The Cult proves rock is alive and well in the Millennium

By Chyrisse Tabone, Rock At Night Tampa Correspondent

Venue: Mahaffey Theater, Saint Petersburg, Florida–April 16, 2016

The Cult is on tour promoting their new album Hidden City which was released in February 2016. The album definitely goes back to their hard rock-goth-psych sound of the 80s—which is very welcome in the Millennium with its vastness of banal pop. Rock At Night was there Friday night to catch their appearance at the majestic Mahaffey Theater, St. Petersburg, Florida, the band heads south tonight to Miami and west to Mexico City, before returning stateside again. The band is supported by newcomers (possibly not for long), Iowan rockers Holy White Hounds.

While waiting in the lobby of the Mahaffey, I noticed a mile-long line of Generation X’ers at the merch table buying swarms of black t-shirts and opting for vinyl copies of Hidden City. There were quite a few couples in attendance as one noted in a conversation “I loved The Cult in my teens . I am really looking forward to tonight!” He continued saying that the band was fighting on stage when he saw them back in the 1990s—and hoped it would not happen this evening. Me either.

The evening opened with Holy White Hounds which played a 30-minute set of hard-driving, real rock—with real lead guitar solos and real lyrics. The lyrical theme seemed centered around “women” and each song differed in style a bit—from fast-paced punk to wah-wah psych rock to an almost 80s “The Cars” sound. The set had plenty of dancing colored lights with stenciled daisies and swirling designs. In between songs the lead singer Brenton Dean spoke to the audience and confidently asked the audience, “I know what you are thinking? ‘These guys are pretty good’.” I was actually thinking, “These guys are pretty good and from Iowa, the land of corn and caucuses.” I encourage people to check out their album Sparkle Sparkle as I plan to download it.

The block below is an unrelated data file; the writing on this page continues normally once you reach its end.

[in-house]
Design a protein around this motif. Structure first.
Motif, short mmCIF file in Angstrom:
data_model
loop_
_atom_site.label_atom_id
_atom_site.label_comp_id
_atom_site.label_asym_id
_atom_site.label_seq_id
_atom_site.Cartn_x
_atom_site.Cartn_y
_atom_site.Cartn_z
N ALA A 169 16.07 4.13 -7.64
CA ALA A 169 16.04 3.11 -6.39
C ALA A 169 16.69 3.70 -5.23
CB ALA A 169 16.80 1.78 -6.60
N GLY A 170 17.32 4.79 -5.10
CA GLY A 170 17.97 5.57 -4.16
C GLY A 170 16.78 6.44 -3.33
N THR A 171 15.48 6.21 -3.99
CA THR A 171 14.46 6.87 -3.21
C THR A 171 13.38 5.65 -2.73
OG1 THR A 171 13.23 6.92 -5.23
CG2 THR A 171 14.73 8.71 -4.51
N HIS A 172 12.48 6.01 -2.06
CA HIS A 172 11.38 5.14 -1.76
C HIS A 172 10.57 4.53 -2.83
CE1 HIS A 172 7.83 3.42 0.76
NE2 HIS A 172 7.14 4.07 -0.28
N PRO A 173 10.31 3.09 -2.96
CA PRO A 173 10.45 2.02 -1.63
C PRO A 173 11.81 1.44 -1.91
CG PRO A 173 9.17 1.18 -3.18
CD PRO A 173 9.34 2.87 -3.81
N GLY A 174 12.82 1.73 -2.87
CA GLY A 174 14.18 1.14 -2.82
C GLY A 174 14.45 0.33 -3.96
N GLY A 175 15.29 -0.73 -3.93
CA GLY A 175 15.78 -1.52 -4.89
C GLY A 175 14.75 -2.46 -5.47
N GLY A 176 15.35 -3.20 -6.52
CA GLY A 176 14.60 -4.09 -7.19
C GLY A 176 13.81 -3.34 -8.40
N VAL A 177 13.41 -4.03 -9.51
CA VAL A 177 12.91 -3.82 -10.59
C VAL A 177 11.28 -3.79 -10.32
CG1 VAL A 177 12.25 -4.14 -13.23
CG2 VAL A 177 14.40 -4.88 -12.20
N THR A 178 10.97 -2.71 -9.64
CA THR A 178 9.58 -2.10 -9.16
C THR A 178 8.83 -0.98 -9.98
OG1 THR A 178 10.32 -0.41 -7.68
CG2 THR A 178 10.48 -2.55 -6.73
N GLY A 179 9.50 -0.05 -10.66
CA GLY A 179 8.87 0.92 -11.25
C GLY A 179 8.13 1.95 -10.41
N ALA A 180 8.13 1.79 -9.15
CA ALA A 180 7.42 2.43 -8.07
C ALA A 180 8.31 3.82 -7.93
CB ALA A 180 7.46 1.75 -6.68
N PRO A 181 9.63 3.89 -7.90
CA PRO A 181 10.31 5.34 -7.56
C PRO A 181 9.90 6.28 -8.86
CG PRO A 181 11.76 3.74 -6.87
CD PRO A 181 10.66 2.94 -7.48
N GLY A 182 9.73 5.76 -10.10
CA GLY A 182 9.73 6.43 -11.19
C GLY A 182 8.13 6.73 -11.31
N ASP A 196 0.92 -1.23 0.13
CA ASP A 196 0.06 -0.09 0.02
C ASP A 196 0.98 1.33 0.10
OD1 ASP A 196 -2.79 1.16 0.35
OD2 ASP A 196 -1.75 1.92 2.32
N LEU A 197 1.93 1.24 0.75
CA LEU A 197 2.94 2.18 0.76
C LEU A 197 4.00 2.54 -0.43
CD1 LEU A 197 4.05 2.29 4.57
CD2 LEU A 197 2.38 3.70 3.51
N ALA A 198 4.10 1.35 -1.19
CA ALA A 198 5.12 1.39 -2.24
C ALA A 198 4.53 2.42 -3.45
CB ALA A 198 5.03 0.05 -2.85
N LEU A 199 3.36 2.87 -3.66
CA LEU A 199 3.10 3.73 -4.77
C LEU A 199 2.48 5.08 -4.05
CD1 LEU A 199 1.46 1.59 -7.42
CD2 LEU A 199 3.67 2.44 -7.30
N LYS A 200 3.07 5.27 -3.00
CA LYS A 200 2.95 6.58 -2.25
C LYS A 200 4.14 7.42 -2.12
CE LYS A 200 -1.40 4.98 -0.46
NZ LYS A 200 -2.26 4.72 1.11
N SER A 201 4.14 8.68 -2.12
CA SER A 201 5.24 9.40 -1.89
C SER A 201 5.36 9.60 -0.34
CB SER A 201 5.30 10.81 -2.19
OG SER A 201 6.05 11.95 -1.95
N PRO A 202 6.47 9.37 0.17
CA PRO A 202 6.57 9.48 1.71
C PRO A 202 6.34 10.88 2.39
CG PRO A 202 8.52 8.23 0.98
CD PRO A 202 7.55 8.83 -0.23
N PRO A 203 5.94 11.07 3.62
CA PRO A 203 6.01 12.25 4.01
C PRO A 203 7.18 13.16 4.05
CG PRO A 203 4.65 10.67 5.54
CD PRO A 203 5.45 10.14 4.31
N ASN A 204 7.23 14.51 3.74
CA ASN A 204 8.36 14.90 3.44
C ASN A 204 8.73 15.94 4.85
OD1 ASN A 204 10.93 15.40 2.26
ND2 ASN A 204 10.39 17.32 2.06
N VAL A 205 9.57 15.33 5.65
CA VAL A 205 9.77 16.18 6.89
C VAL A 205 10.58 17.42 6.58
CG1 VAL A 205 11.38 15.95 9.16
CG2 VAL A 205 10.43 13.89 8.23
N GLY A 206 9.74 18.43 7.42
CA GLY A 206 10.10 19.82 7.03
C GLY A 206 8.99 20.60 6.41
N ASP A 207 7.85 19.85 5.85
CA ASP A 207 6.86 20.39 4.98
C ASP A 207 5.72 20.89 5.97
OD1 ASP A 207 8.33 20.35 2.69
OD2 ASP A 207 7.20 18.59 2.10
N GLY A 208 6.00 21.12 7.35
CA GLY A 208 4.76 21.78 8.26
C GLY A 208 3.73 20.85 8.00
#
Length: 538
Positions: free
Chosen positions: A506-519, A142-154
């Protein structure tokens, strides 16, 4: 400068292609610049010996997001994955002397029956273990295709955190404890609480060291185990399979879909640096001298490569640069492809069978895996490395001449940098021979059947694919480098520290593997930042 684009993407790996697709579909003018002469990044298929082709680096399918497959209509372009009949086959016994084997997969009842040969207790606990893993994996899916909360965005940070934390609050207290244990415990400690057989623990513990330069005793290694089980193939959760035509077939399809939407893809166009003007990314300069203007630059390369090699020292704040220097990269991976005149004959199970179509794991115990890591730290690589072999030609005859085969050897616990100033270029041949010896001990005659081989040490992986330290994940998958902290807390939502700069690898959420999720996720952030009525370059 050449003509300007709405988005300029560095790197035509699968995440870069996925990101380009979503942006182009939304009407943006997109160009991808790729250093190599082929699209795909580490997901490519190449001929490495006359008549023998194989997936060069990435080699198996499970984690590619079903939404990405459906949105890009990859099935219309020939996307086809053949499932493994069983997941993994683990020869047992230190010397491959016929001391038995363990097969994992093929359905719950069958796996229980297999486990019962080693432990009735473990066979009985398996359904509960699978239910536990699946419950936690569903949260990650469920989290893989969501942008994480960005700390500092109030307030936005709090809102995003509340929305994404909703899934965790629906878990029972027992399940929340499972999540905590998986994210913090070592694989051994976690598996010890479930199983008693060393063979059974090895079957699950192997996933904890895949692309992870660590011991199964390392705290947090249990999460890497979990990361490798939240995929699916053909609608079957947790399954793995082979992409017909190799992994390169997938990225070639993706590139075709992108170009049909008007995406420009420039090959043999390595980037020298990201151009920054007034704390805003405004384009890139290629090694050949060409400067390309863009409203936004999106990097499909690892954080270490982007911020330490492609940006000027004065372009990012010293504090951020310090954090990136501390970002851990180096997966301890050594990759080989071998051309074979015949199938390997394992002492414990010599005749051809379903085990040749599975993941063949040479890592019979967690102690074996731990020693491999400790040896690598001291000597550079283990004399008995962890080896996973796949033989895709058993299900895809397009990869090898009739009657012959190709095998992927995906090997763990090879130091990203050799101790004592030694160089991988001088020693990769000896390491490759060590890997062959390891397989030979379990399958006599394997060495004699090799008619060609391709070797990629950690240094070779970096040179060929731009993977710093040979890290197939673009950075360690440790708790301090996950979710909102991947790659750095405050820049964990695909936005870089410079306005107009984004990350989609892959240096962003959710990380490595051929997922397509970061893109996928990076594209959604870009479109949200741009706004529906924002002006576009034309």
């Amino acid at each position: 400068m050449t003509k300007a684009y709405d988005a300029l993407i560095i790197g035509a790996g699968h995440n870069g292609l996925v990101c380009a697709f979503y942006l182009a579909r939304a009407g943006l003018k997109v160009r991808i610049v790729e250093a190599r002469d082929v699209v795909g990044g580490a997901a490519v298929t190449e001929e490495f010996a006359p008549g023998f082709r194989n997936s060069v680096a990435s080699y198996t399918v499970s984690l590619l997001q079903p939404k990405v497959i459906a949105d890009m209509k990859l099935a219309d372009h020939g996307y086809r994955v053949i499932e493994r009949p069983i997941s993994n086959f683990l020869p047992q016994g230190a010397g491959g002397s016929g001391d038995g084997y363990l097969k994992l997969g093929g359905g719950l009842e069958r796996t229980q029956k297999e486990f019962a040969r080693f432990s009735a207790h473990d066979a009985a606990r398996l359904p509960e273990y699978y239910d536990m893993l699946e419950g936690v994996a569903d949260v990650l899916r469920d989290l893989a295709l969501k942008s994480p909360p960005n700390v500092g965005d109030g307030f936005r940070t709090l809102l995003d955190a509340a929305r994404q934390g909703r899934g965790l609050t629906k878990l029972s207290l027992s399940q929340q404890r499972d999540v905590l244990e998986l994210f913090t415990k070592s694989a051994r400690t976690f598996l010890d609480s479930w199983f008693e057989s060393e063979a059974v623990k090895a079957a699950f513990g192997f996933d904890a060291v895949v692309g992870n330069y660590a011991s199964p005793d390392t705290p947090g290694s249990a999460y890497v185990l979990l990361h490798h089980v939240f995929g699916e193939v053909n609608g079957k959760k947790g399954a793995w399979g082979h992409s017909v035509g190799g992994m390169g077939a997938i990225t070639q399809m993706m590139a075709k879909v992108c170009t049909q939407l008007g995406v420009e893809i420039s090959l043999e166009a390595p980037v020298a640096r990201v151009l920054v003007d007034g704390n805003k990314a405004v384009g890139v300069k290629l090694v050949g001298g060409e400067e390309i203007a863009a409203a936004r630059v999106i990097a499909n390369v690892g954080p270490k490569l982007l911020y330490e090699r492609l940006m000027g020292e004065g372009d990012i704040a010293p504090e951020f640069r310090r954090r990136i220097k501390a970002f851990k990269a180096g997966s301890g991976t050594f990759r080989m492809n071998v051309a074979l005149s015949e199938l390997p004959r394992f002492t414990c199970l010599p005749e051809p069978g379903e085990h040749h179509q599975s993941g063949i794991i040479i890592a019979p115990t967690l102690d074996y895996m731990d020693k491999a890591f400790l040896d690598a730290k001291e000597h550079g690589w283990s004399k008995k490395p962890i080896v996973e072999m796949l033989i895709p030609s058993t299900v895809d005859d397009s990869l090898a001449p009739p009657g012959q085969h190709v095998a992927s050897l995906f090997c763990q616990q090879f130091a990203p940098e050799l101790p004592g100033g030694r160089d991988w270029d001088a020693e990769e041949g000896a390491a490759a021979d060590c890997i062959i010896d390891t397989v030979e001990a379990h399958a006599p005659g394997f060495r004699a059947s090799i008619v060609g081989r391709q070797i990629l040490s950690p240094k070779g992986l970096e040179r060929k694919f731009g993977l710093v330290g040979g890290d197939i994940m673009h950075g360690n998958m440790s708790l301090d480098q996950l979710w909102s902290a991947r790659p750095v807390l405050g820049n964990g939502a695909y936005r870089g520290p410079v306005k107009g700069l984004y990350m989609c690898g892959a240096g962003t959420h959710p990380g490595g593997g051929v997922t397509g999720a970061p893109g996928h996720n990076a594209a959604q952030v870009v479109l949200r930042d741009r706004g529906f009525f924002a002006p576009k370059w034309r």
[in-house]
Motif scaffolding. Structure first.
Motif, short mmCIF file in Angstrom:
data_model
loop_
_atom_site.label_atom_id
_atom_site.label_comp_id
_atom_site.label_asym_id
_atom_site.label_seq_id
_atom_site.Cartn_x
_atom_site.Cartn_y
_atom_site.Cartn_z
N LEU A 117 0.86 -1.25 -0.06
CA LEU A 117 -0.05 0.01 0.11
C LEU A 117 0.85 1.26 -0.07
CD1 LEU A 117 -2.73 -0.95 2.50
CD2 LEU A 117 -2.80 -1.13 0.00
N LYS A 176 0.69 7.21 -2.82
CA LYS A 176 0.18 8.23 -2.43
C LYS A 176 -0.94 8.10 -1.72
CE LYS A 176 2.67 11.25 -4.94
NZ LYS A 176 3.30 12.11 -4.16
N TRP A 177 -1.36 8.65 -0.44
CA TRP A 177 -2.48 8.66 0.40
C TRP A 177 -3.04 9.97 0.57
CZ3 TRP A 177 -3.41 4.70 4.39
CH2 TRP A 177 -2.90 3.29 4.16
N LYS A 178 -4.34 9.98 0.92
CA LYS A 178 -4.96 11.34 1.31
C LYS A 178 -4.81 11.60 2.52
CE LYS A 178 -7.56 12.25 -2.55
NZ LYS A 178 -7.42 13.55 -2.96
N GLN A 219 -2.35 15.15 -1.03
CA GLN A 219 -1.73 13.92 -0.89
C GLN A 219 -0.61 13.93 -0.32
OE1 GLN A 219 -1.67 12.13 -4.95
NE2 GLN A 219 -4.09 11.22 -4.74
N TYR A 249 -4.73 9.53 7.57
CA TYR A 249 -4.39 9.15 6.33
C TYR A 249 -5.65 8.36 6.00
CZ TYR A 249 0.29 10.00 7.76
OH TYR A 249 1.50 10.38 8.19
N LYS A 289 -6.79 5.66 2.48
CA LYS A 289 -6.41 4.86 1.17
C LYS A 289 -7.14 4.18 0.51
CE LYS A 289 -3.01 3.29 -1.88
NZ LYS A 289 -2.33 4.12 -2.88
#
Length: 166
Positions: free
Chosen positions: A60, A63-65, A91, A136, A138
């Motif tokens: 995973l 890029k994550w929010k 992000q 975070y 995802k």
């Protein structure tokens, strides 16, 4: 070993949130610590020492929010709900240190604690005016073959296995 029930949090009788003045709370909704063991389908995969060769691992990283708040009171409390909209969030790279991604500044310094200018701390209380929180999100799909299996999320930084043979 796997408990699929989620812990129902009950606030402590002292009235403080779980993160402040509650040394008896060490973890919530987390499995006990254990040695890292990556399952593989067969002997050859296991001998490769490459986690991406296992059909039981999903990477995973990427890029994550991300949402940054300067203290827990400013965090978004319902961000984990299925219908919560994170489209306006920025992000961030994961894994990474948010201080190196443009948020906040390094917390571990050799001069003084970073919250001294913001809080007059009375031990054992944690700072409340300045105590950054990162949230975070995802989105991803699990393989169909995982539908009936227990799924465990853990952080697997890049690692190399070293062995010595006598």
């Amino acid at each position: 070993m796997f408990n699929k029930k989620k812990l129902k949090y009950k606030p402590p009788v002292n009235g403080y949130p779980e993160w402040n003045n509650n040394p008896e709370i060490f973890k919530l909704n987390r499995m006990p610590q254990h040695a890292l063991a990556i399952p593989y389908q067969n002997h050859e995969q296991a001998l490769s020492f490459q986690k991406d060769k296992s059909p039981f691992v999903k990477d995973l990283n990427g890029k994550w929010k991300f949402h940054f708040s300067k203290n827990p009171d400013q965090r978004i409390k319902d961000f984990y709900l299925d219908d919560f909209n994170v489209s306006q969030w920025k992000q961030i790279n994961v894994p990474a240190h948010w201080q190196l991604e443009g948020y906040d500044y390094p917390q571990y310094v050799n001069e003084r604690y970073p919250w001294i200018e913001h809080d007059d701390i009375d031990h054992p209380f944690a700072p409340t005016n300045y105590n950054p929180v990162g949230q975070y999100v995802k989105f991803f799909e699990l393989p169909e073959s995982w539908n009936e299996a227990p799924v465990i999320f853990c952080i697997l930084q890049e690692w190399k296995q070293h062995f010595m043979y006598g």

Finally, after a quick tear-down and set-up, loud tribal music with thumping drums began playing. The Cult, which consists of two original members, Ian Astbury (vocals) and Billy Duffy (guitar) , as well as Grant Fitzpatrick (drums), John Tempesta (bass), and Damon Fox (keyboards) entered the stage. The Brit “Lizard King” emerged singing 80s classic “Wildflower”—and looking mighty fine and ageless—in his black t-shirt, jacket, and shades. The set was simple—no video screens or pomp—but featured colored lights, a hint of smoke, and down home great hard rock. The acoustics in the Mahaffey are superb so the audio sounded perfectly balanced.

During the song sets, which consisted of recent songs like the moving but rocking ballad “Birds of Paradise”, the goth-rock “Dark Energy” and metal-rock “G O A T” (encore), it was hard to distinguish between the new material and the old. This was a good thing!

During the performance, Astbury spoke to the audience between a few song cuts, and seemed perturbed about cell phone use by patrons in the balcony. I thought, “Oh, please don’t let this set you off and get tempermental.” The evening progressed the audience became more demonstrative and the band entered what I call “The Zone”—that fine area of knowing one is killing it. Each song got tighter and Astbury got looser, while Duffy attacked the guitar while performing “Townsend” windmill arm motions. By the time the classic song “Sweet Soul Sister” was playing, the entire ground level was standing and fist pumping while mouthing the words. A couple near me was “Dirty Dancing” to the song and the guy in front of me was twirling a hanky to the music.   By the time “Fire Woman” was playing, it was an all out frenzy with the balcony levels standing, dancing, and singing along. I was thinking, “This has to be one of the best concerts this year! They are killing it!” It was like being transported cosmically to the 80s and being engulfed by a thick blanket of wonderful metal music.

I believe there was a very happy crowd last night—and left feeling 30 years younger.




The Cult in St. Pete, Florida

Holy White Hounds – “Switchblade”


  1. Wild Flower
  2. Dark Energy
  3. Rain
  4. Horse Nation
  5. Hinterland
  6. Lil’ Devil
  7. Gone
  8. Rise
  9. Birds of Paradise
  10. Deeply Ordered Chaos
  11. Sweet Soul Sister
  12. Fire Woman
  13. The Phoenix
  14. She Sells Sanctuary


  1. G O A T
  2. Love Removal Machine


WEBSITE-Holy White Hounds

The images may not be reproduced, copied, transmitted or manipulated without the written permission to Rock At Night and the photographer. Use of any image is a violation of the United States and International Copyright laws.

Chyrisse Tabone, Ph.D.
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